At fictitious Tait University in the Roaring 20's, co-ed and school librarian Connie Lane falls for football hero Tommy Marlowe. Unfortunately, he has his eye on gold-digging vamp Pat ... See full summary »
Shortly after the end of World War II, British Colonel Michael 'Hooky' Nicobar is assigned to a unit in the British Zone of Vienna. His duty is to aid the Soviet authorities to repatriate ... See full summary »
American showgirl Suzy is in London in 1914. She loves Irish inventor Terry who works for an engineering firm owned by a German woman. After their marriage Terry is murdered and Suzy flees ... See full summary »
Pat's a brilliant athlete, except when her domineering fiance is around. The lady's golf championship is in her reach until she gets flustered by his presence at the final holes. He wants ... See full summary »
Sophie loved Edmund, but he left town when her parents forced her to marry wealthy Octavius. Years later, Edmund returns with his son, William. Sophie's daughter, Marguerite, and William ... See full summary »
At fictitious Tait University in the Roaring 20's, co-ed and school librarian Connie Lane falls for football hero Tommy Marlowe. Unfortunately, he has his eye on gold-digging vamp Pat McClellan. Tommy's grades start to slip, which keeps him from playing in the big game. Connie eventually finds out Tommy really loves her and devises a plan to win him back and to get him back on the field. Written by
Daniel Bubbeo <email@example.com>
Good News is one of the most underrated MGM musicals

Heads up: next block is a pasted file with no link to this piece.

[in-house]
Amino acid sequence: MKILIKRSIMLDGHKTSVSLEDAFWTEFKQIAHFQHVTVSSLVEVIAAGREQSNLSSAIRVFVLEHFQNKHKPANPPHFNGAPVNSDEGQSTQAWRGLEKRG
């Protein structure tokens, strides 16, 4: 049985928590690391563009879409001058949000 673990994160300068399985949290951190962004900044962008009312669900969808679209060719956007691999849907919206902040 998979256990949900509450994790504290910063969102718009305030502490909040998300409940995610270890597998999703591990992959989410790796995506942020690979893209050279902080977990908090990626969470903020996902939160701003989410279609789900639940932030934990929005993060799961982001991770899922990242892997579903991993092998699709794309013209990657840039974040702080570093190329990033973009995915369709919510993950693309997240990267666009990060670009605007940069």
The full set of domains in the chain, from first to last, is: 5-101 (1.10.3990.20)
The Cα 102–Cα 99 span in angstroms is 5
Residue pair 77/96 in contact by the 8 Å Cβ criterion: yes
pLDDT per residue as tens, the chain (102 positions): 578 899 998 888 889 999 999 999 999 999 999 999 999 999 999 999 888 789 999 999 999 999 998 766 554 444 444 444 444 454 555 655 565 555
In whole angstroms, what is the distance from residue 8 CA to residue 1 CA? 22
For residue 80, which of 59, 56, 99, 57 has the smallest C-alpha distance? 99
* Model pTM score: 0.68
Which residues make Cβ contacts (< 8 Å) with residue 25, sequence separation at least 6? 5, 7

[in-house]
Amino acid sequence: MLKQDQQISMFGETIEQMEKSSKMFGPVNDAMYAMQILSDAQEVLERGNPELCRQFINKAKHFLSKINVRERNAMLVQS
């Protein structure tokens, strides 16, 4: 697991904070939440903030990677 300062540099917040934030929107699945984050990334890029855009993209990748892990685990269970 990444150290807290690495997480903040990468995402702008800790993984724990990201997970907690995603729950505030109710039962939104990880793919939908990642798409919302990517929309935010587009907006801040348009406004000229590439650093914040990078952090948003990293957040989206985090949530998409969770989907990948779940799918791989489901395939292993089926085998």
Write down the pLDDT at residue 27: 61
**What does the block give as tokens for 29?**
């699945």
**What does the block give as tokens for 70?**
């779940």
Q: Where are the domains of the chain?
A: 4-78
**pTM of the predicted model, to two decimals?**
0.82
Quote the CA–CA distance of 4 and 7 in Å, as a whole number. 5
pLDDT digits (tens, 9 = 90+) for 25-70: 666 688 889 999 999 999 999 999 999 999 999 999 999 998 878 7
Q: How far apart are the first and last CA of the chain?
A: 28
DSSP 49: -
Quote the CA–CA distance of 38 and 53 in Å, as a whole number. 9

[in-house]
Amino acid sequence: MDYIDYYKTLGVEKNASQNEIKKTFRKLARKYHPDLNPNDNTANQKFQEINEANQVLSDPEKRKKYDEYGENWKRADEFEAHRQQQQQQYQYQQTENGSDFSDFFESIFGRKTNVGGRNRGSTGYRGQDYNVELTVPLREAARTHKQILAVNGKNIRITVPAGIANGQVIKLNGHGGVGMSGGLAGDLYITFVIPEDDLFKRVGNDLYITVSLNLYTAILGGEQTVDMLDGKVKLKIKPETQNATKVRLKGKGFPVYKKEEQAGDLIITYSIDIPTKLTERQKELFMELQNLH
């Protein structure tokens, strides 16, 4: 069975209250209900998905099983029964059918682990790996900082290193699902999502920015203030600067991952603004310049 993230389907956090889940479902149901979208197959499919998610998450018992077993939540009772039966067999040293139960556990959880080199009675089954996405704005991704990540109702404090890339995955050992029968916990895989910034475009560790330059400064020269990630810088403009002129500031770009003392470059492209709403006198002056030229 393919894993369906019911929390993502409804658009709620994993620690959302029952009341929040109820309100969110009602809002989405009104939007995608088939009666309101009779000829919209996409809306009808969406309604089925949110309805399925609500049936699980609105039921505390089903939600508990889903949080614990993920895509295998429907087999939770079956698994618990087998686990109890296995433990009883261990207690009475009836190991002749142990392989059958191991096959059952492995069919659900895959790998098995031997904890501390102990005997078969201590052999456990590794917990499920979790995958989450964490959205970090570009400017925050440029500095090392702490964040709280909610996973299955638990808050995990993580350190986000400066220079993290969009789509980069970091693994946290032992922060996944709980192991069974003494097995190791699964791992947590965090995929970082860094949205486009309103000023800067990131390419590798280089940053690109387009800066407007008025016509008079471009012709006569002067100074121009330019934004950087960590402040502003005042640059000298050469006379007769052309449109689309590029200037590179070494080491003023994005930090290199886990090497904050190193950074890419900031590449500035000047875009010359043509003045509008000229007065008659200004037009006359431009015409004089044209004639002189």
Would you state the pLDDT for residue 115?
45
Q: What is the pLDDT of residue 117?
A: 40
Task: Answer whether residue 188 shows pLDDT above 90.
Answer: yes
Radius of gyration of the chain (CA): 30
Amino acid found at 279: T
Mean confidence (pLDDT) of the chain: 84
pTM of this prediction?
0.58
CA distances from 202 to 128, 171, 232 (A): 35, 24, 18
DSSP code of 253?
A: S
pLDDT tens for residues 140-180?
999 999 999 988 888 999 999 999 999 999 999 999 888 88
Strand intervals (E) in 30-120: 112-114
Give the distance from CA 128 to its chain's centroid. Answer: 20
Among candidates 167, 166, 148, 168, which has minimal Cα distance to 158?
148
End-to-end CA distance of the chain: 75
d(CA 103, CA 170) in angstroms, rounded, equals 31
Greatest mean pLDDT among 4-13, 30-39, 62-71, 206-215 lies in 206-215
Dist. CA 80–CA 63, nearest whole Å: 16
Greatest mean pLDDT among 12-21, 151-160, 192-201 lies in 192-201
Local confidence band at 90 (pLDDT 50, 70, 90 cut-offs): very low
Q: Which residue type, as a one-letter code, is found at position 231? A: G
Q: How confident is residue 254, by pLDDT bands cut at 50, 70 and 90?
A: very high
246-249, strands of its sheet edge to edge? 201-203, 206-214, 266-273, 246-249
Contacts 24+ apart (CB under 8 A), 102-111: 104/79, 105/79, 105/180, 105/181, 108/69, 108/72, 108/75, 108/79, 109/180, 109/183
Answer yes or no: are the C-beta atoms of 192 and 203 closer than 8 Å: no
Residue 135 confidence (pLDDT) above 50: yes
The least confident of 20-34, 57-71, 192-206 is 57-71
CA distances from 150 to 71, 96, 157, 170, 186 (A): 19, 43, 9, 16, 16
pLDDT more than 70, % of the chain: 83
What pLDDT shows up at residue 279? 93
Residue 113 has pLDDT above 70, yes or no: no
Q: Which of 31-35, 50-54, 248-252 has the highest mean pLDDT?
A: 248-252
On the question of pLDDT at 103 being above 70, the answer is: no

Good News is one of the most underrated MGM musicals from the '40s I've ever seen from that era. While leads June Allyson and Peter Lawford are no Judy Garland and Mickey Rooney (who ironically, were the original considered leads for this movie version years ago), they sing and dance entertainingly enough for one to not notice after a while. Another underrated talent showcased here is one Joan McCracken who shines in the opening number and the later made-for-film specialty "Pass That Peace Pipe", which was eventually nominated for an Oscar for Best Original Song. And dig the "Velvet Fog" Mel Torme in his younger days crooning here! Excellent debut for director Charles Walters and screenwriters Betty Comden and Adolph Green makes this one of the most spectacular musical comedies I've seen yet! P.S. Among the extras on the DVD are two numbers from the 1930 film version of Good News, the title number and "The Varsity Drag", both performed energetically and athletically by a young woman named Dorothy McNulty, later to be known as Penny Singleton from the Blondie movies. All of the above are well worth checking out!
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